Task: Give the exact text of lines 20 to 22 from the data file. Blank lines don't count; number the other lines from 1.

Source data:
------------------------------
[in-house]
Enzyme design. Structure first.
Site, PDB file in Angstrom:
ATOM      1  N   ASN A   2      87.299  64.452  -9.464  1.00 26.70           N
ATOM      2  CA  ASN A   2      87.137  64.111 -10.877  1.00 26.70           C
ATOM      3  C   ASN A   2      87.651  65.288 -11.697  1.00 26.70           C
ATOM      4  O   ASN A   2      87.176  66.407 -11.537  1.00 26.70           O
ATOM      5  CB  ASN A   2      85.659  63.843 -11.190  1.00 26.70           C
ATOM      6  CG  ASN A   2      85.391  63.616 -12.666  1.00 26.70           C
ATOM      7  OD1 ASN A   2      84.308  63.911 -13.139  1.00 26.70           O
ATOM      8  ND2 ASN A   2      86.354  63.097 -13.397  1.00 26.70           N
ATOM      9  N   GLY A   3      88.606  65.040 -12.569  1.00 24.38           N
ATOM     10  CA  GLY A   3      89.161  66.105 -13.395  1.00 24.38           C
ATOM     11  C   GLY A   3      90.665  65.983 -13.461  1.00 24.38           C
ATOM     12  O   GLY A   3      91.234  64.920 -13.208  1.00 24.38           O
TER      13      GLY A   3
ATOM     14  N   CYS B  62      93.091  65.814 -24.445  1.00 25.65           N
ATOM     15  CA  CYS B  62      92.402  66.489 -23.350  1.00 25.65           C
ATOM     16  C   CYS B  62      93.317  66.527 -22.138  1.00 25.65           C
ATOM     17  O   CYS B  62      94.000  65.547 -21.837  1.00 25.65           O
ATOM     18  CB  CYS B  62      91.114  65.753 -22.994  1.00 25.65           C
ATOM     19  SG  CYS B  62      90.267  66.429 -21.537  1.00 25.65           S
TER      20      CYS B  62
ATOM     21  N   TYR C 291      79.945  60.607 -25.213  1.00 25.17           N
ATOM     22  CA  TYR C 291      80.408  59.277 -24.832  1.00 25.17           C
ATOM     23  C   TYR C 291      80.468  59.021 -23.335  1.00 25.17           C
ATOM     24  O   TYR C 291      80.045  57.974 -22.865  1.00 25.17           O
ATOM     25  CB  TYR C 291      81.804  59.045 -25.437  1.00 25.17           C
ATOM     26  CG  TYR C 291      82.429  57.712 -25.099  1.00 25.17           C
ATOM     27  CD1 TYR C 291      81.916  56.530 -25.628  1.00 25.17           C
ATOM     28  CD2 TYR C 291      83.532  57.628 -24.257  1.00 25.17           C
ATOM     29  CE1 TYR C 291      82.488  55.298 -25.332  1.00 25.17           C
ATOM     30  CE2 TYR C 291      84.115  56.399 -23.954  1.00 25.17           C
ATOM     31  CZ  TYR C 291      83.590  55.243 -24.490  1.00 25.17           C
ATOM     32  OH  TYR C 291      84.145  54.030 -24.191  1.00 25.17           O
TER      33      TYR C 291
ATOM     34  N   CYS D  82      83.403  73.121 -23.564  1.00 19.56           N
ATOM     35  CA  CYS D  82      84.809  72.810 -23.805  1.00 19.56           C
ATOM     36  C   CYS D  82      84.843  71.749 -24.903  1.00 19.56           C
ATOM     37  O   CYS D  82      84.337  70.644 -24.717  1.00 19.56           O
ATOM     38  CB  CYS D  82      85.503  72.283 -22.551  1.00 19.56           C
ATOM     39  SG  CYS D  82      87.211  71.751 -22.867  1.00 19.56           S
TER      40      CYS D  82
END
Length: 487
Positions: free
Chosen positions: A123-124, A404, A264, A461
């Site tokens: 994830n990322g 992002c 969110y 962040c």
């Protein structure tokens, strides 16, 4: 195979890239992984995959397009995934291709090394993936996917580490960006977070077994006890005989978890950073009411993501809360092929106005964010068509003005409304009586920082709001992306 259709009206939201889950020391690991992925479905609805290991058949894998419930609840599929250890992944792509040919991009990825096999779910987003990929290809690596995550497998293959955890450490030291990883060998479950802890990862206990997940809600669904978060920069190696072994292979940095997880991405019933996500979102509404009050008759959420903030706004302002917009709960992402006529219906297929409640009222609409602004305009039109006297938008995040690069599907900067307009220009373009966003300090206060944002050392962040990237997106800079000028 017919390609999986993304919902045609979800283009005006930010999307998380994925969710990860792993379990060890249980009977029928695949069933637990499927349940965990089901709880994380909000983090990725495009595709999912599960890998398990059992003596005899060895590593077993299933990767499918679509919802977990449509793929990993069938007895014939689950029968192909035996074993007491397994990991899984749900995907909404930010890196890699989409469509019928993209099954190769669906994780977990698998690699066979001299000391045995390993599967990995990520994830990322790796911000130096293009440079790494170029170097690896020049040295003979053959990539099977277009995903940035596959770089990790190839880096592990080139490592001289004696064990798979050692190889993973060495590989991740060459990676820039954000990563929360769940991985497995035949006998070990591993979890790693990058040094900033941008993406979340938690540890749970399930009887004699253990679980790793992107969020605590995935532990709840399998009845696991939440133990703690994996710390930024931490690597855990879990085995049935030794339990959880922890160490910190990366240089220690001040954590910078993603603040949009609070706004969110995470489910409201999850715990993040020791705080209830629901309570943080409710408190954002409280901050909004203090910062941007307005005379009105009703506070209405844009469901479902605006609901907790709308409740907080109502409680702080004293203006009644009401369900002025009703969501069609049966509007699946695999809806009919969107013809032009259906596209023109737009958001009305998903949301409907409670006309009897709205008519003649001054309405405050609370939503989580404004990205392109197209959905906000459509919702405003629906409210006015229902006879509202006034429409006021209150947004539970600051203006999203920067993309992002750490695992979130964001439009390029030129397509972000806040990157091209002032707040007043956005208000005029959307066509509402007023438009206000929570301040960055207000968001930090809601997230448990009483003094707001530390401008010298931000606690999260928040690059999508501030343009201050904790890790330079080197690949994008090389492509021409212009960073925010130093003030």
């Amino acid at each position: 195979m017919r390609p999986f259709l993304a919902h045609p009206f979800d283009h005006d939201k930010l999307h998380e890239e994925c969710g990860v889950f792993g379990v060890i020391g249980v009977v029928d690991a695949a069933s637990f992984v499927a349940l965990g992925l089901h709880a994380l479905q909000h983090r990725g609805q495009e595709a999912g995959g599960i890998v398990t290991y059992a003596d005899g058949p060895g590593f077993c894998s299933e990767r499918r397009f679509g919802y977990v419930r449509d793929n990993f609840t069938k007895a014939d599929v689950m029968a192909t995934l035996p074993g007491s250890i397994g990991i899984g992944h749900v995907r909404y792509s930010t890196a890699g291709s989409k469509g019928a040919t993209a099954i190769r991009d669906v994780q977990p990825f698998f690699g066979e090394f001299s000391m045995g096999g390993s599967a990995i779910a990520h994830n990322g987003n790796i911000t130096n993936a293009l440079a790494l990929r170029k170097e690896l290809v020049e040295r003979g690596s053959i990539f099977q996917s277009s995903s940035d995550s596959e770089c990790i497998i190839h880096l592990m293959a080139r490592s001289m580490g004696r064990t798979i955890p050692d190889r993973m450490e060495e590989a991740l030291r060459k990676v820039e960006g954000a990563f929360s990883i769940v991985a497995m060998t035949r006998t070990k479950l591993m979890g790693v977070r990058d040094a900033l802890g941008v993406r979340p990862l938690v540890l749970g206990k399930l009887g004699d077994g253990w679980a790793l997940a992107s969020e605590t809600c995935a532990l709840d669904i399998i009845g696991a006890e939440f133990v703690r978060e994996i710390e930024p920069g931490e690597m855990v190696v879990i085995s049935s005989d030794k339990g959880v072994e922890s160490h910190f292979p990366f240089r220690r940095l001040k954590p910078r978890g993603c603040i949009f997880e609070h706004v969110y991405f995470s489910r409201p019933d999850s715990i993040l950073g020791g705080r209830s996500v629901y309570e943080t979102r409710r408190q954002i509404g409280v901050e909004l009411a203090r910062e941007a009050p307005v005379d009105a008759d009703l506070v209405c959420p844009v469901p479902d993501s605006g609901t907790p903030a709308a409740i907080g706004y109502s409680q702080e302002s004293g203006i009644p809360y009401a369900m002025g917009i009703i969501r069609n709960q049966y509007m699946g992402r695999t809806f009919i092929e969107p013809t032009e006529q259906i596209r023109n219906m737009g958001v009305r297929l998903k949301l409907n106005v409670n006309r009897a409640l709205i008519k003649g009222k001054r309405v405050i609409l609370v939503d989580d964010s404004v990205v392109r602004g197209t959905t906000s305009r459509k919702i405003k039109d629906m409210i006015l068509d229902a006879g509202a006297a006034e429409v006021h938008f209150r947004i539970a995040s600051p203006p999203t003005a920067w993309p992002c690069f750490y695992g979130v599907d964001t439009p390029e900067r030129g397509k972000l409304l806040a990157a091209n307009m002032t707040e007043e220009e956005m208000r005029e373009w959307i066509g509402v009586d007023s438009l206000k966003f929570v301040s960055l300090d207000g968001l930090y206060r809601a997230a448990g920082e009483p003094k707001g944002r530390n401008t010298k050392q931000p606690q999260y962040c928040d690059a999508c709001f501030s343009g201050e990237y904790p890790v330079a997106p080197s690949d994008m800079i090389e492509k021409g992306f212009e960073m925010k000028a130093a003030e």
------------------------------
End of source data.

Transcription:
ATOM     17  O   CYS B  62      94.000  65.547 -21.837  1.00 25.65           O
ATOM     18  CB  CYS B  62      91.114  65.753 -22.994  1.00 25.65           C
ATOM     19  SG  CYS B  62      90.267  66.429 -21.537  1.00 25.65           S